A true team effort followed that first response. Due to the water damage, the level of smoke smell, extraordinarily high temperatures during summer months when air conditioning had to be closed, and high humidity levels in the building after the fire, the entire collection needed to be moved out for safekeeping. After training from a conservator, teams from King’s Moving company, First on Site, and volunteers from the McGill Library packed and supervised moving the collection. The Osler room can be seen here in August as a select team packed the rare and valuable pre-1840 items and Osler’s own writings, in a climate controlled space with a dedicated HVAC system. This HVAC system helped protect the room (and those working in it!) from the high humidity and temperatures in the rest of the library. Teams of 12 worked 10-hour days from July through September to securely and safely wrap, pack, move, unwrap and re-shelve the collection in its new location.


team of kings movers packing in osler, the process of packing and wrapping the extra large items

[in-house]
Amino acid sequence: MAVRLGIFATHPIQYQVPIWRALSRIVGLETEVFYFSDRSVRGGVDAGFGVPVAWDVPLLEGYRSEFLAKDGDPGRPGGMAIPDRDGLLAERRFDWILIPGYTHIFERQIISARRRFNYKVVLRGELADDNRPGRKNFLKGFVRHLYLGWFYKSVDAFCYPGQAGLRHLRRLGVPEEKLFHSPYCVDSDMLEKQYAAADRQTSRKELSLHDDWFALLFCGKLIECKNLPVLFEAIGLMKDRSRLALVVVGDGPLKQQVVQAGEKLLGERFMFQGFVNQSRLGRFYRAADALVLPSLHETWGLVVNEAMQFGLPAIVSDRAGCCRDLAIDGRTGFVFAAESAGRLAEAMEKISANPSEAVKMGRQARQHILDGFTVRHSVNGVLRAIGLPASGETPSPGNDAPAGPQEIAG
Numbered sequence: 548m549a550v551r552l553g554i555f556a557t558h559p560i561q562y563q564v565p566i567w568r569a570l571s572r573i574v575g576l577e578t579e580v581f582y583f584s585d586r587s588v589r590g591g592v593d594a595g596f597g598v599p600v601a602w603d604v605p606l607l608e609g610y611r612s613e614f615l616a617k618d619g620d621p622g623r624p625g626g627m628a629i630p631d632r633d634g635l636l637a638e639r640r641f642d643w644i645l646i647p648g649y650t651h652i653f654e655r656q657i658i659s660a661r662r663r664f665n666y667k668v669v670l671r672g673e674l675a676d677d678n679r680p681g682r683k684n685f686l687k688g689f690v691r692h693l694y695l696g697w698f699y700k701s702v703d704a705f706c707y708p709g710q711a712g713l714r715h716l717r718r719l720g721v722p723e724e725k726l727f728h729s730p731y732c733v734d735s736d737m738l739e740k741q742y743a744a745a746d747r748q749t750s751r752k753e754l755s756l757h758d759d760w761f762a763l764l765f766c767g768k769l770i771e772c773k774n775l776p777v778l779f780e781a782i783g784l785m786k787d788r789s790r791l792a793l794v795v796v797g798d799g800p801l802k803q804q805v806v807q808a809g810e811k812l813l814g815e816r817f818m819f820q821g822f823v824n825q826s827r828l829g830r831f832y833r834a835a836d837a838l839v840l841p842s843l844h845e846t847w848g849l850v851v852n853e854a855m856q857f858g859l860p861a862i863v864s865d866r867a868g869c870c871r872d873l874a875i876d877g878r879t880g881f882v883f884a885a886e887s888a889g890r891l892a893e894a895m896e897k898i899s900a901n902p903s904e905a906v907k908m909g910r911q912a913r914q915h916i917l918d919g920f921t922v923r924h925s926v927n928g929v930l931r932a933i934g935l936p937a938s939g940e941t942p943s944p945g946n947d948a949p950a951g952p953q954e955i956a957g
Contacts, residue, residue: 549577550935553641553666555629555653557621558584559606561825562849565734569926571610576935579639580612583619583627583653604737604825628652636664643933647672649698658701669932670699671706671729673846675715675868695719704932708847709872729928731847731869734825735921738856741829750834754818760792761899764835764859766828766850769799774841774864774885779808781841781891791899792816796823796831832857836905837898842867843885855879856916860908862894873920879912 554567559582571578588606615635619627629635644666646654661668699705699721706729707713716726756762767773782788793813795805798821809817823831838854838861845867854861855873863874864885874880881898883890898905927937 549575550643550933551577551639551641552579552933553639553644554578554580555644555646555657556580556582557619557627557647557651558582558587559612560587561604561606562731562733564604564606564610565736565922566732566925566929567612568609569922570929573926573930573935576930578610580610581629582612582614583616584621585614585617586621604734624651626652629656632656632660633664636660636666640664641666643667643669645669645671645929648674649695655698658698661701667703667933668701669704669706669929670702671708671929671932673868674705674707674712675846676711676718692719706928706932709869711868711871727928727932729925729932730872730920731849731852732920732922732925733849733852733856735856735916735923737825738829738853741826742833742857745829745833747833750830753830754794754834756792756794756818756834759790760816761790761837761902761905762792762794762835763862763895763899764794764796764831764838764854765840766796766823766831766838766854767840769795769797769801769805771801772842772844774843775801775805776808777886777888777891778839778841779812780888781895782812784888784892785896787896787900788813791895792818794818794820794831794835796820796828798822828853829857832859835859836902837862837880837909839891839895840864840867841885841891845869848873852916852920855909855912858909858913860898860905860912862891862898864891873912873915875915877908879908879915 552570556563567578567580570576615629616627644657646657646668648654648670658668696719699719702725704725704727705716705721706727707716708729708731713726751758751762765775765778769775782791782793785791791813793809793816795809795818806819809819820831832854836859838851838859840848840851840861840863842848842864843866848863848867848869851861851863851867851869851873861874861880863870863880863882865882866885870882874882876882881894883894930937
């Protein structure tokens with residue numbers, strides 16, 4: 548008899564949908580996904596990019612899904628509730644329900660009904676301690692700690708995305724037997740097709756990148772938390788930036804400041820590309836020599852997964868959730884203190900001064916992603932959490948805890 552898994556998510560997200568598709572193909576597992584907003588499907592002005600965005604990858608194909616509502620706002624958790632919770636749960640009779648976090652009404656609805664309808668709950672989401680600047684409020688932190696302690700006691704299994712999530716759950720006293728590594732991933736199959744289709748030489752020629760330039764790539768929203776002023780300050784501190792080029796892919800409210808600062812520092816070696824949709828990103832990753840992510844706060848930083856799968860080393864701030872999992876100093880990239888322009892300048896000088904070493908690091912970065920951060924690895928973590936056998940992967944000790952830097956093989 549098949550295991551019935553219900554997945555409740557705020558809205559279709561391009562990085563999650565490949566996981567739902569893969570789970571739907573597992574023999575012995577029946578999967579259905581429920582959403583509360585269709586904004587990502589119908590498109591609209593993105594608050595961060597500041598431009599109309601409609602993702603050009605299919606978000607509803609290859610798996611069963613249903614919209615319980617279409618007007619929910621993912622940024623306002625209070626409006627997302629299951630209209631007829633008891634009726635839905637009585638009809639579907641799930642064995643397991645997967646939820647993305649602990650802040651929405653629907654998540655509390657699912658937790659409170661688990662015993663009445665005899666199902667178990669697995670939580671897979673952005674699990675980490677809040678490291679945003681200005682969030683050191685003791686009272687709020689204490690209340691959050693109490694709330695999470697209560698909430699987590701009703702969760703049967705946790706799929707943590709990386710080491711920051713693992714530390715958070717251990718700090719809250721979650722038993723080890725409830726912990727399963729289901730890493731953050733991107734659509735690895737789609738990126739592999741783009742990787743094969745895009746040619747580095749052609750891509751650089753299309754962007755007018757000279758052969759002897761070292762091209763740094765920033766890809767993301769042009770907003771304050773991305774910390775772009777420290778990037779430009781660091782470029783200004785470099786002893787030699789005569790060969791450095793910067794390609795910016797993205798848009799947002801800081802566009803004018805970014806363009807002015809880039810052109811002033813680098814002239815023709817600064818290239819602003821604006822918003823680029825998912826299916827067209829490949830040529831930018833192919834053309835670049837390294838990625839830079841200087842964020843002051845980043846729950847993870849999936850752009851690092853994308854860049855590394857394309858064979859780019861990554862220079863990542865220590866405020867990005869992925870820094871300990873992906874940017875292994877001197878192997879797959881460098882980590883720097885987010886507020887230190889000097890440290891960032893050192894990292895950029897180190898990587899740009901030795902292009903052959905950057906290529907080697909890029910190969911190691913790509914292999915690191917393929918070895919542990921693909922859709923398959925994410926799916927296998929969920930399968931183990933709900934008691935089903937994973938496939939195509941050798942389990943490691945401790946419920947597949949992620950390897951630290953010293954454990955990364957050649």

Packing and moving the collection was a monumental project. Teams from McGill Facilities, McGill Library managers and librarians, and the movers and packers all worked together to free up 2 km of shelf space in Rare Books and Special Collections, in the McLennan Library Building. The elephant folios, the largest book format, and many anatomical atlases and artifacts like the one pictured above left, were a particular challenge to safely wrap and pack. The elephant folios were each individually wrapped by Rare Books staff. They sit (above right) awaiting final packing before being moved.


Some of the Library staff from Facilities, HSSL, Collection Services, Digital Initiatives, Archives, Rare Books, and the Osler Library for the History of Medicine demonstrating real interdisciplinary enthusiasm and terrible lifting technique. Don’t worry, we left the heavy lifting to the professionals!


books in stacks, packed art in boxes, and packing supplies.